According to NATO’s latest annual report, Canada spent an estimated 1.3 per cent of its GDP on the military last year — well below the target. Coming out of the alliance’s summit in Vilnius, Lithuania, the Liberal government faced a storm of bad press and increased pressure from allies to step up its financial commitment.
How the planned cuts will affect Canada’s commitment to NATO is unclear. Germany also recently walked back its pledge to meet the two per cent target.
Meanwhile: Poland Becomes a Defense Colossus.
Poland was already spending 2.4% of GDP on defense by 2022, ranking third in NATO after the United States and Greece.
The government decided much more was required. In 2023, Poland estimates it will spend more than 4% GDP on defense, which would be the highest proportion in NATO, as well as the highest proportion of the budget spent on equipment (over 50%.)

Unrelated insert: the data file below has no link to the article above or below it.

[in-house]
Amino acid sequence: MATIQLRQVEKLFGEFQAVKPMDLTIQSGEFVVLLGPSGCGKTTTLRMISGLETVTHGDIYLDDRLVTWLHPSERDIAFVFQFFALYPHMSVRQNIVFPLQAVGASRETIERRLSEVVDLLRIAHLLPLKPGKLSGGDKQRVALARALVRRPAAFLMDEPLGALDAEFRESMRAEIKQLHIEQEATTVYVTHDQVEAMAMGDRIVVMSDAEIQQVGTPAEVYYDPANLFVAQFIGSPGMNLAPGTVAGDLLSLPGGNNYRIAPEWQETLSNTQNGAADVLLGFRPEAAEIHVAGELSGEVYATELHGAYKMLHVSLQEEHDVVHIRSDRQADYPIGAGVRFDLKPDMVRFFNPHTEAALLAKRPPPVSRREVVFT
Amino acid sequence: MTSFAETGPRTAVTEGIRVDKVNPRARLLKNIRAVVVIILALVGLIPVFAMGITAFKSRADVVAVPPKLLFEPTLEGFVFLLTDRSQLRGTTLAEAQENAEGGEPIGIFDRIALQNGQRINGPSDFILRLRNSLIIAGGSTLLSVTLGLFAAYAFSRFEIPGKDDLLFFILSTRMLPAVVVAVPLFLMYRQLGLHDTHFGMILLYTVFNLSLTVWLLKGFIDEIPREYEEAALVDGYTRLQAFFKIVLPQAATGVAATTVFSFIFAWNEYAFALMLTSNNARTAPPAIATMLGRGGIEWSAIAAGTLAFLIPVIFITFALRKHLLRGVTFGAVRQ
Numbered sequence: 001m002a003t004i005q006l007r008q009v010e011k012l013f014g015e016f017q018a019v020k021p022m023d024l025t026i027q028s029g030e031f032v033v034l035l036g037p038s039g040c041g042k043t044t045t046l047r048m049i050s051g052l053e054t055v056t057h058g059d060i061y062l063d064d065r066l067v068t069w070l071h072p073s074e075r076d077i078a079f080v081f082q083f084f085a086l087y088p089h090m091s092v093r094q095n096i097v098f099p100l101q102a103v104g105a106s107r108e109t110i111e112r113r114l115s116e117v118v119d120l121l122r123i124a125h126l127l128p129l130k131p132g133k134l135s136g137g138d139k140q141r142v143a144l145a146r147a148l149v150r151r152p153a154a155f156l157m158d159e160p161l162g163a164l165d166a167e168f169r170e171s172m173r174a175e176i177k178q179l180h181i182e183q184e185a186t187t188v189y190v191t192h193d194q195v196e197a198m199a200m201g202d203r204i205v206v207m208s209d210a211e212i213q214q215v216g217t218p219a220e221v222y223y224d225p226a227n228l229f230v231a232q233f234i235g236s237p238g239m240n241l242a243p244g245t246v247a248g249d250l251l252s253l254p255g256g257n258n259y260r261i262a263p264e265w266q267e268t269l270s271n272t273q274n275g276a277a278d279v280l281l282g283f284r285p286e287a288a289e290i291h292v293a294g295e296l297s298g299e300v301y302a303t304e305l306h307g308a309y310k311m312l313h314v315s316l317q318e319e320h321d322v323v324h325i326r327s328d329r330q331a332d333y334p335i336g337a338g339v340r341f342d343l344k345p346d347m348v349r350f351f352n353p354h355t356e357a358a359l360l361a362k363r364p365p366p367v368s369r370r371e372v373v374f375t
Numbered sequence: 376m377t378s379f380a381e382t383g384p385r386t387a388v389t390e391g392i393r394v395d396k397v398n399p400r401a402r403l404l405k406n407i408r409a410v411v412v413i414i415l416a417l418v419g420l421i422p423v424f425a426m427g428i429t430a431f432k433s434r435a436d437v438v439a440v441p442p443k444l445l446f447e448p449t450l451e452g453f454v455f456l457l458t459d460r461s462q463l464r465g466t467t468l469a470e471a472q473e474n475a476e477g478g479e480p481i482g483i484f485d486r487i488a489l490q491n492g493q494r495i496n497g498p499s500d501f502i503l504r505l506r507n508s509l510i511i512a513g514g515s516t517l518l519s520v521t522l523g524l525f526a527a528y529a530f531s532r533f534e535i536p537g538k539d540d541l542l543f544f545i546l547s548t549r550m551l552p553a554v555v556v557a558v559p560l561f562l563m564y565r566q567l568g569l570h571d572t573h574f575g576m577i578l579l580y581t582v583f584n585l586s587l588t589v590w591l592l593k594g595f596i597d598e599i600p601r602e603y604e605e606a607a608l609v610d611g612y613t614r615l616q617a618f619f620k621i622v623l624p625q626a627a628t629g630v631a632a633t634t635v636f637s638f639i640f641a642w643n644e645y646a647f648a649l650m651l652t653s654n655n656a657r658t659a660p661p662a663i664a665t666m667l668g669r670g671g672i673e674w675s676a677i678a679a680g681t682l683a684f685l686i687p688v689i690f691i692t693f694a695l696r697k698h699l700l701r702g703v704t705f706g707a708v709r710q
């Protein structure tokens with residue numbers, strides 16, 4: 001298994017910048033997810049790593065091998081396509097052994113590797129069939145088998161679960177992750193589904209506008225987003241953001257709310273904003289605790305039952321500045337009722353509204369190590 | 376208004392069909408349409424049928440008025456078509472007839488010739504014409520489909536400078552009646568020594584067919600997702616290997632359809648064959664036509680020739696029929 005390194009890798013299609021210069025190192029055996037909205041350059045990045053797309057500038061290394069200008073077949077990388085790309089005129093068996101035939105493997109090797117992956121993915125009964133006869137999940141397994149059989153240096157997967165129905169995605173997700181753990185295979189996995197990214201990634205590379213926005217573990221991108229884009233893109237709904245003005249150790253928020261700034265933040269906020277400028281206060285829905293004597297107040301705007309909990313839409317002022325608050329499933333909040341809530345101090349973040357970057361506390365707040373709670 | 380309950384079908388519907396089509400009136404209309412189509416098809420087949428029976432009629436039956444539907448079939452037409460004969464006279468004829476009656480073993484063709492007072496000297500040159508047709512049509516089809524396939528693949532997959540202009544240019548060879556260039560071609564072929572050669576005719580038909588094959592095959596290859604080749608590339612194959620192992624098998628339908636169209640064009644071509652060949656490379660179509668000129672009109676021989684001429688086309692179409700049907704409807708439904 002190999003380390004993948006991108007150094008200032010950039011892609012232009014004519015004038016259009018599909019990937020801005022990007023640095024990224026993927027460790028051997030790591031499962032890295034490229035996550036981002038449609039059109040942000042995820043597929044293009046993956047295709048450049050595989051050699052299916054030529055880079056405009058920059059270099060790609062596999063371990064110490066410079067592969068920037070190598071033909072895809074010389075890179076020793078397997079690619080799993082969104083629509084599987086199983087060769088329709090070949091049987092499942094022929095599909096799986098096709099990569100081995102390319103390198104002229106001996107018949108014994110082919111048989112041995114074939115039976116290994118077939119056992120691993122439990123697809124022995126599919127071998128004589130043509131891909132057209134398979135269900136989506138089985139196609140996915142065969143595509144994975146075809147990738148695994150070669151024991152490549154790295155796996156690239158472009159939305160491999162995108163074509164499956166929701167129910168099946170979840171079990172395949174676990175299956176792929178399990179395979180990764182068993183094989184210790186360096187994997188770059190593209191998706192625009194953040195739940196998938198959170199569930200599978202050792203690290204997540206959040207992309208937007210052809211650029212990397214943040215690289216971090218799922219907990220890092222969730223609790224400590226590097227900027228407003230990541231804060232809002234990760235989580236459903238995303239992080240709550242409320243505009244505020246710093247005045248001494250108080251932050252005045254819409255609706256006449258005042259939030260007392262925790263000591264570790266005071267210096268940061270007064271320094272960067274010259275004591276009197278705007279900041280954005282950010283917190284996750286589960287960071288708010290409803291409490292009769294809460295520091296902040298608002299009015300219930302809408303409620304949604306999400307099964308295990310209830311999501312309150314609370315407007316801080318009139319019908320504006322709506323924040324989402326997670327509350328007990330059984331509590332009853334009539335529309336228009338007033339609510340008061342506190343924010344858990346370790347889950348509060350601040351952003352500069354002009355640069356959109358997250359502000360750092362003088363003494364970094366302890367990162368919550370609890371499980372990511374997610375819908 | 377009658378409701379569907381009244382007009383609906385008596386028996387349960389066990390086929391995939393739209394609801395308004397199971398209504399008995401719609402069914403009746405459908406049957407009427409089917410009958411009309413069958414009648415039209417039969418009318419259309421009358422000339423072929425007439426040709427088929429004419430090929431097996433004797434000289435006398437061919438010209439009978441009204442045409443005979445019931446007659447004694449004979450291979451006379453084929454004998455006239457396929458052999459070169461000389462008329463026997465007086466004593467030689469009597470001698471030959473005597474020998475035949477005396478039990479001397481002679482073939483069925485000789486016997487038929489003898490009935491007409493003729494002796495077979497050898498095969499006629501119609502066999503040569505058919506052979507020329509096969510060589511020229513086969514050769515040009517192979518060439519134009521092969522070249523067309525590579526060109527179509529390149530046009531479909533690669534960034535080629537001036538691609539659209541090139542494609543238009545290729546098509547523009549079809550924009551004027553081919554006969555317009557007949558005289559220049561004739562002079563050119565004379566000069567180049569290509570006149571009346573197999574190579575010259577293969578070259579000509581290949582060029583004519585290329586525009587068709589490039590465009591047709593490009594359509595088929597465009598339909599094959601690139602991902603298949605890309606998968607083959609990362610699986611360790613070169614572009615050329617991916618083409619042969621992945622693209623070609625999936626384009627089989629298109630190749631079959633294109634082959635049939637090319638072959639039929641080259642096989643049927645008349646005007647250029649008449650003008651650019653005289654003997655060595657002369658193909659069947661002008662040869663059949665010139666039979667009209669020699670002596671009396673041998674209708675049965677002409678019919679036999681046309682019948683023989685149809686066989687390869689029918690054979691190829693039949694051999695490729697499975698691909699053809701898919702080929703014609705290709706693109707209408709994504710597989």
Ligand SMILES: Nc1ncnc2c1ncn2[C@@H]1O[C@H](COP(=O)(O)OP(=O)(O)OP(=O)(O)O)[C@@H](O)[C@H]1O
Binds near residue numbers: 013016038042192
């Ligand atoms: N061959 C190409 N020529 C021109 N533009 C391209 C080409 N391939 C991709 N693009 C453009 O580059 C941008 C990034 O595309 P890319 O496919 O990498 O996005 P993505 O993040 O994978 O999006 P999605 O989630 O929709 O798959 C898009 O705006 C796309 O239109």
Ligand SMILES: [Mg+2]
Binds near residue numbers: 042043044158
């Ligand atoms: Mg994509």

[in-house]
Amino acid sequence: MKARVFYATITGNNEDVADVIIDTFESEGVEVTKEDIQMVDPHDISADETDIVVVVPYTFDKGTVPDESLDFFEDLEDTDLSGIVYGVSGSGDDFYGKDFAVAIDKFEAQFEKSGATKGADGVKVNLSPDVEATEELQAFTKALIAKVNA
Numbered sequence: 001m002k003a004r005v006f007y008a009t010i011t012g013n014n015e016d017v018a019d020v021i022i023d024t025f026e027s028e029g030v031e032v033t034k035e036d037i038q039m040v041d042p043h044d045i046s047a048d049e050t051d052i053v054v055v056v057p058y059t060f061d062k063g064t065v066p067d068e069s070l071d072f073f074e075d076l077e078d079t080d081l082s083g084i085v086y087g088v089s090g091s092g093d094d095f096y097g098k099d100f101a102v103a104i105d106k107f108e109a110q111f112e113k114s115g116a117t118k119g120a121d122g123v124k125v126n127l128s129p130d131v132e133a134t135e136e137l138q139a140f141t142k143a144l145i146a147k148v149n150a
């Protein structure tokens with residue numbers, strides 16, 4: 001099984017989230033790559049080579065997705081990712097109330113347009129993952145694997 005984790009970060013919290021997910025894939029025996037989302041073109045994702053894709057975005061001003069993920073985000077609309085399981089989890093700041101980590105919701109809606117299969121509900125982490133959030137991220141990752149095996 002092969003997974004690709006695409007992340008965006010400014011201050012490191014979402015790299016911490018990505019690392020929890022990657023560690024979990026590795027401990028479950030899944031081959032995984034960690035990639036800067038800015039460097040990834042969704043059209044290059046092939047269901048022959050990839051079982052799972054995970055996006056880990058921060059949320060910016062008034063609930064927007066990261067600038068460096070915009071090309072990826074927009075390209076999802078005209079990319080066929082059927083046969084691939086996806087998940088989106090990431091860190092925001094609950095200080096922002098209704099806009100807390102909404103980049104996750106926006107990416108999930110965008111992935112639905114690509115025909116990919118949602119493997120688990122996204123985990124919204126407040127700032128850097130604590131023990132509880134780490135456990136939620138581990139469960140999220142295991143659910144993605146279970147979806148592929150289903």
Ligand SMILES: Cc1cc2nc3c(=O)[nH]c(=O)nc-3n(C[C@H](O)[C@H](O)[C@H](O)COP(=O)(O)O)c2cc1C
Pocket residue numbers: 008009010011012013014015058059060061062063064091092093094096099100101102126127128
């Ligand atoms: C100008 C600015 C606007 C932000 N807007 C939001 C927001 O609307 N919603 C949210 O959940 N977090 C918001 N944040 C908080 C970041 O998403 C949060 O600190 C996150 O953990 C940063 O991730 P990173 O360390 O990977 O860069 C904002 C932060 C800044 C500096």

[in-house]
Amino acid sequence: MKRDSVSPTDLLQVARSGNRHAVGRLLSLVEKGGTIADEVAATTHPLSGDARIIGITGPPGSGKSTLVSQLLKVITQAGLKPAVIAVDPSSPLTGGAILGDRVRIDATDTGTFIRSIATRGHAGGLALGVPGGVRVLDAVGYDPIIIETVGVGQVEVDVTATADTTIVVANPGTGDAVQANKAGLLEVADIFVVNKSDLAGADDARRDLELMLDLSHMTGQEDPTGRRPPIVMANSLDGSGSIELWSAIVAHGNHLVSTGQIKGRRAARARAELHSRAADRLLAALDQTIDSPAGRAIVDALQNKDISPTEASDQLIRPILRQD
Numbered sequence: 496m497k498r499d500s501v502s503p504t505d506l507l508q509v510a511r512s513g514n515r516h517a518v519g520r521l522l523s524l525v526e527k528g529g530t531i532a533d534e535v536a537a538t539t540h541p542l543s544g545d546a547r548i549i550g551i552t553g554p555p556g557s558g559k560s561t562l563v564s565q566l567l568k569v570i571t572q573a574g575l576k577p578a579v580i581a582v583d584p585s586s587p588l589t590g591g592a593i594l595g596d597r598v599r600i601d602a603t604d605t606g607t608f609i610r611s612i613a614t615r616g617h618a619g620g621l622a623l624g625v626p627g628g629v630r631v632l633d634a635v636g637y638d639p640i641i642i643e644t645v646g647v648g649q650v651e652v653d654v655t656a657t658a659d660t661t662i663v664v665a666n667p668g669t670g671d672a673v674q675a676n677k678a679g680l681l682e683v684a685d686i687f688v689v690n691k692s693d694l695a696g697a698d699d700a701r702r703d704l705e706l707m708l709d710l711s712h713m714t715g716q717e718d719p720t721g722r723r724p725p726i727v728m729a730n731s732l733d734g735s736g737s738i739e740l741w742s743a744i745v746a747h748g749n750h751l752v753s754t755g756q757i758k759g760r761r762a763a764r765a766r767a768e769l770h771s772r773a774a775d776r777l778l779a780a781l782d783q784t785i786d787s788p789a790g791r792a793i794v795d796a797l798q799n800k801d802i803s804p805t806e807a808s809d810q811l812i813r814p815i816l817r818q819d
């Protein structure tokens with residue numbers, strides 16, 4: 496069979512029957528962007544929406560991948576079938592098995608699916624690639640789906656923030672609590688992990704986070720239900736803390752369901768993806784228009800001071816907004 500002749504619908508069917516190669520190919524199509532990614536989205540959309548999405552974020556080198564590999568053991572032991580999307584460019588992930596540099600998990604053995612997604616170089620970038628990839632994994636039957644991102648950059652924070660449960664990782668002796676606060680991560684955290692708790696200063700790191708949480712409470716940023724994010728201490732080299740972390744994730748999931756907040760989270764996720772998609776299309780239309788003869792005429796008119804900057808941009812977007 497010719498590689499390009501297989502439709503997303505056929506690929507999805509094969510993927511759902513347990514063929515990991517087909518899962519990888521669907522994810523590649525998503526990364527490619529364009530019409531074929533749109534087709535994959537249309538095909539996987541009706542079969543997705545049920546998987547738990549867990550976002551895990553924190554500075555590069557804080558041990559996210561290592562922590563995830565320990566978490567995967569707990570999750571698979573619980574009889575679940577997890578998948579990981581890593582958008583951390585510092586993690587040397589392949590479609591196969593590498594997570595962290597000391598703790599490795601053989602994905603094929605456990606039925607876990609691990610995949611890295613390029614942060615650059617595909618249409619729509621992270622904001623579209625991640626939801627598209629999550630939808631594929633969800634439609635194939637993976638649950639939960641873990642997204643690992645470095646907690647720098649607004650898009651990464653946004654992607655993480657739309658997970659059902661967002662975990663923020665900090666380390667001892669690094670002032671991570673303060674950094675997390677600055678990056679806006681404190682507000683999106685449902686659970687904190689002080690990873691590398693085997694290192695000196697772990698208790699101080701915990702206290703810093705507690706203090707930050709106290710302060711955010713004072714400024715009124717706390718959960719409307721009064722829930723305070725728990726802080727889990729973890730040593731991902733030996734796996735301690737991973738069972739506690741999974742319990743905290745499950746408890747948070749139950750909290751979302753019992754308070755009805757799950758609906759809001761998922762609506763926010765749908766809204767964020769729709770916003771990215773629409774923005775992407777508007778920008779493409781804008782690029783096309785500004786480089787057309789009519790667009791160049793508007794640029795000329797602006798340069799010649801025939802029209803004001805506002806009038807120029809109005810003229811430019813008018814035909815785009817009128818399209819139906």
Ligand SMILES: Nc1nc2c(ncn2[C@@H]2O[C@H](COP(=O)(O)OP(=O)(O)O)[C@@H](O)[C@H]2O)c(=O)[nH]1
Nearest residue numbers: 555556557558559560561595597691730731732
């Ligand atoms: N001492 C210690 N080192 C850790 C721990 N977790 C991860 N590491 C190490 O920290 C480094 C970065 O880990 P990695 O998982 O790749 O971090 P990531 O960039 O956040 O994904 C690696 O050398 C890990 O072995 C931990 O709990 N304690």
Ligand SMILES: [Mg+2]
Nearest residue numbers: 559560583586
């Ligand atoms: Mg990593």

As Europe’s sixth-largest economy, by far the largest on the Eastern Flank, these figures translate into very substantial increases in personnel and hardware.
The country plans to double its land forces to 300,000. Huge purchases from abroad include 366 Abrams tanks and 96 Apache helicopters from the United States; 980 K2 tanks and 648 self-propelled howitzers from South Korea; hundreds of US HIMARS rocket launchers; many more Patriot air defense systems; 22 UK-made air defense batteries and three UK-designed frigates; as well as 48 South Korean FA-50 combat aircraft from and 32 US F-35 aircraft, complementing its existing fleet of 48 F-16s.
Canada and Germany have no excuse.
Update: I forgot to add the sign, courtesy of CDR Salamander.